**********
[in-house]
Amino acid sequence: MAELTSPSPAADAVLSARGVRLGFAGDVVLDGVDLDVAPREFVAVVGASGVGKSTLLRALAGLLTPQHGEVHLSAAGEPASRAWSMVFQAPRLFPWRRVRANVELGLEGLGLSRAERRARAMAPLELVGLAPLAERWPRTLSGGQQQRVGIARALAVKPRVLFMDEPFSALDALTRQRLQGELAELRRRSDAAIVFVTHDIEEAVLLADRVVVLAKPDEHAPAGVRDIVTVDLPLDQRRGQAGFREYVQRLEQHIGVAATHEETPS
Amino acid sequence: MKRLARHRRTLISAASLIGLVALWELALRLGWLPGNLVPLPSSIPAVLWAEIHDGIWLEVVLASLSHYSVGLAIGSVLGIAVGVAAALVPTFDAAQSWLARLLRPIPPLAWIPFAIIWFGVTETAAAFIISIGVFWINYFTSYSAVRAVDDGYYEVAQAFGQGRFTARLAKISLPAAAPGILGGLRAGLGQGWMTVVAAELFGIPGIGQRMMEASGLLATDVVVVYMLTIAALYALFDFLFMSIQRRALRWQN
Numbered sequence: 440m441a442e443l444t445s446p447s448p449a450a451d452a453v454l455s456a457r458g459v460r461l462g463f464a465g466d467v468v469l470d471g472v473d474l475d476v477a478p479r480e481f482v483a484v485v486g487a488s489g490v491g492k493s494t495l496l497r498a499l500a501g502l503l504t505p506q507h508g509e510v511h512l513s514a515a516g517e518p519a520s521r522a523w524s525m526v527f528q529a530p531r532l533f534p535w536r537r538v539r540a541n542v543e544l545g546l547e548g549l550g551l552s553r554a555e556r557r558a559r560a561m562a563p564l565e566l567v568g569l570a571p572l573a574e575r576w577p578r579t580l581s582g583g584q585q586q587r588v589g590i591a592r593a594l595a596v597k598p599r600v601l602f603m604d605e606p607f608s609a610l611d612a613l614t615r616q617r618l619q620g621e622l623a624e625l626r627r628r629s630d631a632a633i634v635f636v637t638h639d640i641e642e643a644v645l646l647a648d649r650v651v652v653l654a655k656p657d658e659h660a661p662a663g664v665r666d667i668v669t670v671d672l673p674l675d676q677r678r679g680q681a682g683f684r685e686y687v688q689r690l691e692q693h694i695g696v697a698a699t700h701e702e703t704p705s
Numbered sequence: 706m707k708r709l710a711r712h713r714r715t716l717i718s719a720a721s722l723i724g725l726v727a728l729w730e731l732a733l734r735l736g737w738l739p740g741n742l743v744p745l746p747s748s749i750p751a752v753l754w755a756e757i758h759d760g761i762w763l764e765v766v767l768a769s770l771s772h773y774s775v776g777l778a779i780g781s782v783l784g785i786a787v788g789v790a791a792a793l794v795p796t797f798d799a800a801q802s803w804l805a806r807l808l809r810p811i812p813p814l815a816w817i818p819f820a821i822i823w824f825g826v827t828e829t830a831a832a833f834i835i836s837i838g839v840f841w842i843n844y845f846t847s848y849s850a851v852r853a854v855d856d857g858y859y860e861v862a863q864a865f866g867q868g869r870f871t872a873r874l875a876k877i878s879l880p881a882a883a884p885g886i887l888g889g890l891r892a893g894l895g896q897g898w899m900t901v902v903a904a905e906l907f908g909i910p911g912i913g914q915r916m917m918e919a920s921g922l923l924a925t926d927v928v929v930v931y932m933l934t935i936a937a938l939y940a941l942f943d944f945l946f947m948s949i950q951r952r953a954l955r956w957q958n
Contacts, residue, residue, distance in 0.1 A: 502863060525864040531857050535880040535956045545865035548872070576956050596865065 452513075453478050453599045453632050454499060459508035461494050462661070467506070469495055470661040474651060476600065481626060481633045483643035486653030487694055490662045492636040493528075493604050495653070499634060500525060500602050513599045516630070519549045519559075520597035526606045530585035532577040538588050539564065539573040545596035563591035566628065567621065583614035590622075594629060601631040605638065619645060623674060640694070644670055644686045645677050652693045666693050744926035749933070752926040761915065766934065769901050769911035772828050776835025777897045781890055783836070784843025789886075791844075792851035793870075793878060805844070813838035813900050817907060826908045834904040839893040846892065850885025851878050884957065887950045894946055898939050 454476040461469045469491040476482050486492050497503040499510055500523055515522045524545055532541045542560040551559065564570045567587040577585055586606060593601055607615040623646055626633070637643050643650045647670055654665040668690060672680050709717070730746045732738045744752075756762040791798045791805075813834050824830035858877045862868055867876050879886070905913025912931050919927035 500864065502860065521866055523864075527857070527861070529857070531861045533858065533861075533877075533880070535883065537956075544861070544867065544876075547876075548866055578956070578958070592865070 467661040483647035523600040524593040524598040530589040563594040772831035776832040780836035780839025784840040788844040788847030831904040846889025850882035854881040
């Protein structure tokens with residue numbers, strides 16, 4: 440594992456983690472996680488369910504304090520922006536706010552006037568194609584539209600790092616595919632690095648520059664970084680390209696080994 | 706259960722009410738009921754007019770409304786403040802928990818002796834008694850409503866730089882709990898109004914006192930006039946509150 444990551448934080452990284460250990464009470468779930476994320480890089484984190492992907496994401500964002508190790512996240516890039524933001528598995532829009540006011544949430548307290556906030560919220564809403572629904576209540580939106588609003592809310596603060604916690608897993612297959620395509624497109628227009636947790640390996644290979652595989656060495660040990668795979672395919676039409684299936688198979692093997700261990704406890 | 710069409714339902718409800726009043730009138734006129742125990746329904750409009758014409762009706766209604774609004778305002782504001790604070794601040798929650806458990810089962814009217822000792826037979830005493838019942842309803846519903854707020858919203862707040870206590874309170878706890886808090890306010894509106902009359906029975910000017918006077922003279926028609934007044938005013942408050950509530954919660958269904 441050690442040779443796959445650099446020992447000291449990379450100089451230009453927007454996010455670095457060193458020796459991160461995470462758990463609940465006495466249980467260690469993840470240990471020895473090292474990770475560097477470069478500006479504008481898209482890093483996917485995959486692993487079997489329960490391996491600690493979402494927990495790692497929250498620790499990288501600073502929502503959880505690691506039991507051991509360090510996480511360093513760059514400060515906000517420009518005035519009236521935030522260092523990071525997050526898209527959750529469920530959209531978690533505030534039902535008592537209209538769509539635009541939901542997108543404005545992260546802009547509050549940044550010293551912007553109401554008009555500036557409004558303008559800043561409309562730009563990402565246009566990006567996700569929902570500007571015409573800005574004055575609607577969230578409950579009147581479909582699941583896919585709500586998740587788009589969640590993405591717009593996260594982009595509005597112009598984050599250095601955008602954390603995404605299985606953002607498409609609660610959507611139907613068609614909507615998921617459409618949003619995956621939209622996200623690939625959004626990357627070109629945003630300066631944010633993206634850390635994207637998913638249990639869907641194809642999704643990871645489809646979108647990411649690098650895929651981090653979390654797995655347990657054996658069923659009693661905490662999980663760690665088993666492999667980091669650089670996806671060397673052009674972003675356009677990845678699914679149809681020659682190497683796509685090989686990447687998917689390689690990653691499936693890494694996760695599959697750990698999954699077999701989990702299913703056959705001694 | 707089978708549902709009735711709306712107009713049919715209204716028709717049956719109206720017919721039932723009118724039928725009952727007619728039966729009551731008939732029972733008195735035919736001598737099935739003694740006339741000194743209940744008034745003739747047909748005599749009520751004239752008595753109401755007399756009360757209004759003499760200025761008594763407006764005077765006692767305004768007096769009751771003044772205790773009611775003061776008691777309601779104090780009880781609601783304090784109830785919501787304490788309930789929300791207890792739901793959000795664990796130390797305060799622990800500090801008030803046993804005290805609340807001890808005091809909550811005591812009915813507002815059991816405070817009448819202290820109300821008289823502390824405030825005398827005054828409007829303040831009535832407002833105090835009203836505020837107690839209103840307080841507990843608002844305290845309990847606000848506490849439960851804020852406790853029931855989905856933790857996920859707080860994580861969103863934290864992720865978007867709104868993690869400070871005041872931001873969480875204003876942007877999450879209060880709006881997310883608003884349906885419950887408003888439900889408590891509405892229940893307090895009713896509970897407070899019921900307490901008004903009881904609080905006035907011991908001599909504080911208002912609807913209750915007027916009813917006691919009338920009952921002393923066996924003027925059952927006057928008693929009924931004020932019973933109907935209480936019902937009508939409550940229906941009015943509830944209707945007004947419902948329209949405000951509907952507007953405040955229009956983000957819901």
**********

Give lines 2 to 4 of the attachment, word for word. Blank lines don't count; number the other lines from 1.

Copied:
Amino acid sequence: MAELTSPSPAADAVLSARGVRLGFAGDVVLDGVDLDVAPREFVAVVGASGVGKSTLLRALAGLLTPQHGEVHLSAAGEPASRAWSMVFQAPRLFPWRRVRANVELGLEGLGLSRAERRARAMAPLELVGLAPLAERWPRTLSGGQQQRVGIARALAVKPRVLFMDEPFSALDALTRQRLQGELAELRRRSDAAIVFVTHDIEEAVLLADRVVVLAKPDEHAPAGVRDIVTVDLPLDQRRGQAGFREYVQRLEQHIGVAATHEETPS
Amino acid sequence: MKRLARHRRTLISAASLIGLVALWELALRLGWLPGNLVPLPSSIPAVLWAEIHDGIWLEVVLASLSHYSVGLAIGSVLGIAVGVAAALVPTFDAAQSWLARLLRPIPPLAWIPFAIIWFGVTETAAAFIISIGVFWINYFTSYSAVRAVDDGYYEVAQAFGQGRFTARLAKISLPAAAPGILGGLRAGLGQGWMTVVAAELFGIPGIGQRMMEASGLLATDVVVVYMLTIAALYALFDFLFMSIQRRALRWQN
Numbered sequence: 440m441a442e443l444t445s446p447s448p449a450a451d452a453v454l455s456a457r458g459v460r461l462g463f464a465g466d467v468v469l470d471g472v473d474l475d476v477a478p479r480e481f482v483a484v485v486g487a488s489g490v491g492k493s494t495l496l497r498a499l500a501g502l503l504t505p506q507h508g509e510v511h512l513s514a515a516g517e518p519a520s521r522a523w524s525m526v527f528q529a530p531r532l533f534p535w536r537r538v539r540a541n542v543e544l545g546l547e548g549l550g551l552s553r554a555e556r557r558a559r560a561m562a563p564l565e566l567v568g569l570a571p572l573a574e575r576w577p578r579t580l581s582g583g584q585q586q587r588v589g590i591a592r593a594l595a596v597k598p599r600v601l602f603m604d605e606p607f608s609a610l611d612a613l614t615r616q617r618l619q620g621e622l623a624e625l626r627r628r629s630d631a632a633i634v635f636v637t638h639d640i641e642e643a644v645l646l647a648d649r650v651v652v653l654a655k656p657d658e659h660a661p662a663g664v665r666d667i668v669t670v671d672l673p674l675d676q677r678r679g680q681a682g683f684r685e686y687v688q689r690l691e692q693h694i695g696v697a698a699t700h701e702e703t704p705s